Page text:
Province needs to invest in education now

Letters to the Editor (The Guardian)
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‘We can’t wait for a balanced budget nor can we wait for the next election’

Education is our best investment. The slogan for the Prince Edward Island Teachers’ Federation rings true now more than ever. Smart political parties always make campaign promises that value education. During elections, politicians seem to understand just how important our children are, and that educating them well is the best investment our province can make to secure a bright future for not only students but also the province as a whole.

After elections, some governments live up to their party’s promises. We saw that with the first term Liberals who invested in education with the introduction of kindergarten in the public school system, as well as making improvements in the primary grades. Unfortunately, more recently, we have taken steps backwards.

It is a difficult time to be a teacher in Prince Edward Island. Cuts to the number of teachers are making their tough jobs even tougher. Yes, there are some small class sizes in the more rural schools, but most students attend larger more urban schools where class sizes are becoming unmanageable and counter-productive for teaching and learning.  

It needs to be made clear how today’s classroom is much different than what most Islanders experienced when they were in school. P.E.I. has the highest percentage of students with needs in schools, yet supports for these students are not being provided or are being stripped from the system. According to Statistics Canada (2010-11), P.E.I. spends the least amount of money per student. This number may not be an issue if our students were performing at or above the national average, but we are now (since 2009) at the bottom of provincial results for PISA testing.

These are major issues when it comes to providing the best education for our children. Teachers want to be able to reach every student in their classes in a meaningful way and overcoming the hurdles to this will require the Government to invest more in education, not less.

All those who have a role in education need to research what has proven successful in general and in other places. Teachers are the number one factor influencing student achievement. In the top performing countries, teachers and their knowledge, experience, and training, are held in the highest regard. Finland, for example, is consistently at the top of educational ranking, yet constantly has one of the lowest amount of instructional time.

However, the time they spend with their students is quality time because the teachers have been provided adequate preparation periods to prepare lessons and collaborate with colleagues regarding their instructional methods. Being a teacher in Finland is also a rewarding career, in both benefits and public esteem. Many teachers in our system redirect their own children to explore careers in health, law, or other respected fields, due to a perceived lack of respect and heavy workload of the teaching profession.

It is understandable that tough economic times make for difficult decisions. What is not understandable is how our Government speaks of making gains, yet continues to undercut the progress that has been made since the Task Force on Student Achievement gave its recommendations in 2005. Decisions regarding the public education system need to be made with long-term thinking and use sound research. Those decisions must consider costs, but costs should not drive the decisions.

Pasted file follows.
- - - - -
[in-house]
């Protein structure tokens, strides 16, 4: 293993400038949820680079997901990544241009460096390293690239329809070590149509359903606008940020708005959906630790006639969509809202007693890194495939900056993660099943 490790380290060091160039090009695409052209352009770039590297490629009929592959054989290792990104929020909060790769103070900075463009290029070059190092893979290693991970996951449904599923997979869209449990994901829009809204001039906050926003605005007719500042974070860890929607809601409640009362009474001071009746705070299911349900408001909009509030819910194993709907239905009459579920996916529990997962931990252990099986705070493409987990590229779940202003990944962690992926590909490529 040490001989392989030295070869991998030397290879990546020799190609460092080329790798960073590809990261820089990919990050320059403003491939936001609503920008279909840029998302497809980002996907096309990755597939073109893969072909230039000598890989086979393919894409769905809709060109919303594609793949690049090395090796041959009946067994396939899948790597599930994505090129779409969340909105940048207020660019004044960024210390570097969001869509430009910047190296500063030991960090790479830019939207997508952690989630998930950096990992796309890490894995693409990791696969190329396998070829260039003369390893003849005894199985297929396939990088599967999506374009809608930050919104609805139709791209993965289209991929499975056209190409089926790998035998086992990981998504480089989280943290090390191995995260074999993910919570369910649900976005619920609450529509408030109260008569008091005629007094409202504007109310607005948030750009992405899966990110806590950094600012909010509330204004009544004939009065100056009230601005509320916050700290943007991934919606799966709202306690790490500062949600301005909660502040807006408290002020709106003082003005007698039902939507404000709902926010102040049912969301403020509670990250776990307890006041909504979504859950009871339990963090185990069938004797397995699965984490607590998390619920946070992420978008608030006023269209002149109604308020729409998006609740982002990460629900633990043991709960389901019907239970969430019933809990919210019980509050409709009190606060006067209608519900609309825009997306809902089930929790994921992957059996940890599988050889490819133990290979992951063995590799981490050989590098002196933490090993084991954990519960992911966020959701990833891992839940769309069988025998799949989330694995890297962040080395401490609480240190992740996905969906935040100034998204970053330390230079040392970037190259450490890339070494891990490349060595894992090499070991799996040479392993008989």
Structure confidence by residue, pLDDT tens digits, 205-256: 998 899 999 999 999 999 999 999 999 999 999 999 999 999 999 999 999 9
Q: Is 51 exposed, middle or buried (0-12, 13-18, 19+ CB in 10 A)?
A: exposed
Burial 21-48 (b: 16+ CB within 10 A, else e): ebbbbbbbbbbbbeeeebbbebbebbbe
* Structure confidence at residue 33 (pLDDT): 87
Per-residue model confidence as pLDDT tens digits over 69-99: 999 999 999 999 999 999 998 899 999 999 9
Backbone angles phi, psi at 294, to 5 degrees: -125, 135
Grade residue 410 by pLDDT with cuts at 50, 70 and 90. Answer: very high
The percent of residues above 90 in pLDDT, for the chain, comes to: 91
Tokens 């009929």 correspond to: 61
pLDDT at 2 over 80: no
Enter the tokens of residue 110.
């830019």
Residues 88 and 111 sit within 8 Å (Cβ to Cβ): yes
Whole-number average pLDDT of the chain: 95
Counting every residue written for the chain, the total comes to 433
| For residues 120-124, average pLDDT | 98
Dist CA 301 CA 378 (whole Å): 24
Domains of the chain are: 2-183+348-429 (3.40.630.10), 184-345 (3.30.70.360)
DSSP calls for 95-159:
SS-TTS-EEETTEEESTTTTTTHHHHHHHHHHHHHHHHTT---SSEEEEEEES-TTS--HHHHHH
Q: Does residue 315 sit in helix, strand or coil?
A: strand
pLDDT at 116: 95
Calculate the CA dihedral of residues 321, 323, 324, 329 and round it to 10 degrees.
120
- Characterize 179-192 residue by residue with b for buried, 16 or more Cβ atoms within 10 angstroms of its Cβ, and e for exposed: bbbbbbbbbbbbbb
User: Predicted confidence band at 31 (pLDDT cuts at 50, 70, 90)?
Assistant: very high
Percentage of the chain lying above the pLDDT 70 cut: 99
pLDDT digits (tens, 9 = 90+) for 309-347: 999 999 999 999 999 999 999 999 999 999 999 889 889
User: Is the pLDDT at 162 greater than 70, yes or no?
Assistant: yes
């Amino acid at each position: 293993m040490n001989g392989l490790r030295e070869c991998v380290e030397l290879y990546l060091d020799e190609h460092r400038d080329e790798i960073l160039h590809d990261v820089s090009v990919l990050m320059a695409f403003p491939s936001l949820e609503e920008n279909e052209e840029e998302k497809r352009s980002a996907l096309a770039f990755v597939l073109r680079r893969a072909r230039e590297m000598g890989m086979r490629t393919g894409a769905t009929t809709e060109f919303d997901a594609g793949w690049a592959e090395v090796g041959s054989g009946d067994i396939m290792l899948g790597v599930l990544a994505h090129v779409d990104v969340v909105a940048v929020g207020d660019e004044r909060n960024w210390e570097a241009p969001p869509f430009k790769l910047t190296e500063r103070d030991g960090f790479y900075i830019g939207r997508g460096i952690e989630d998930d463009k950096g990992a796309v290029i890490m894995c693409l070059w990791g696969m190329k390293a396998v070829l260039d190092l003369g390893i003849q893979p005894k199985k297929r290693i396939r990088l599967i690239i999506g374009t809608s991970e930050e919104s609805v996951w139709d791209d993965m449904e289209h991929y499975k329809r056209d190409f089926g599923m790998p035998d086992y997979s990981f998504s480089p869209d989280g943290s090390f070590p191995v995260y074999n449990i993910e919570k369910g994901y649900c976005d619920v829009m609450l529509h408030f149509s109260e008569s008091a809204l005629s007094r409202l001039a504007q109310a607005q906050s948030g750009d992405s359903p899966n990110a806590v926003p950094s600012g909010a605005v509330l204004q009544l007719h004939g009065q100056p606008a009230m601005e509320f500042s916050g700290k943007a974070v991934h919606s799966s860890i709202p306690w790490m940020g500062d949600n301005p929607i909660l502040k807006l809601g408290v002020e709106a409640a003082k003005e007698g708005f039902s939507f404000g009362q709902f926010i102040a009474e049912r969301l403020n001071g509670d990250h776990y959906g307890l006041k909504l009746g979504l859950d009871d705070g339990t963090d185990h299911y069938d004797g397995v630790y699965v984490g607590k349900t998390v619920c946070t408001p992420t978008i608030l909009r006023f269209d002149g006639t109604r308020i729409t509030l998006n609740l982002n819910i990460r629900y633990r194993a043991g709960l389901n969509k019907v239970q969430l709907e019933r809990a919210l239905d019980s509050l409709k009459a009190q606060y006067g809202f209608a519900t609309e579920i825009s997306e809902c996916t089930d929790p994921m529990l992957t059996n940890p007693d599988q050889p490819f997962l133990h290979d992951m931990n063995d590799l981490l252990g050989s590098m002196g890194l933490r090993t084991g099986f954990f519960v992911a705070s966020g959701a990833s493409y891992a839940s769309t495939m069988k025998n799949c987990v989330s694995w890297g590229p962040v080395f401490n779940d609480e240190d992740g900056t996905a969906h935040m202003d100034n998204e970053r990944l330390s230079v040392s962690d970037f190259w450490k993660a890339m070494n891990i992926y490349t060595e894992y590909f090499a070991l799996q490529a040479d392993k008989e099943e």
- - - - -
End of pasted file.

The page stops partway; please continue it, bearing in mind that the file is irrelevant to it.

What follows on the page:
The P.E.I. Government is currently focusing on achieving a balanced budget by 2016. It is budgetary concerns that are driving teacher cuts and a lack of appropriate spending on education. This is the same strategy used by the recently defeated NDP Government in Nova Scotia. It cut teaching positions and funding to school boards, among many other cost cutting measures, to try and balance that province’s budget. The NDP was soundly defeated when it went to the polls, and it is very interesting to see that the newly elected Liberal Government in Nova Scotia has learned something.  

In a recent meeting with teachers, the new Minister of Education, Karen Casey, sent a strong message that her Liberal Government understands the needs of the system.  She made comments stating that it is not necessarily the number of students in the class, but the needs of the students in the class, that matters.

Despite declining enrollment, the Nova Scotia Government is putting more than 200 jobs back into the system and capping class sizes for K-3 students along with reinstating fully, the Reading Recovery program which the previous government cut. They are clearly taking a stand for education.  

A strong education system breeds success and it needs leadership.  If the Premier is serious about attracting and keeping immigrants, he must remember that when families want to locate to new areas, one of their first priorities is the education of their children. If we want to attract the best doctors, business people, workers, and companies, we need to provide an education system that supports students and supports learning.

It is easy for a government to say that it supports education, but our children and province need more than just words. They need a vision and a commitment. Education can move our province forward in so many ways. For the future of our children and our province, we must invest in education. We can’t wait for a balanced budget nor can we wait for the next election, we must do it now. Our students deserve it.

By Gilles Arsenault (guest opinion)

Gilles Arsenault is President, Prince Edward Island Teachers’ Federation

Organizations: Statistics Canada, NDP, Nova Scotia Government

Geographic location: Prince Edward Island, Finland, Nova Scotia

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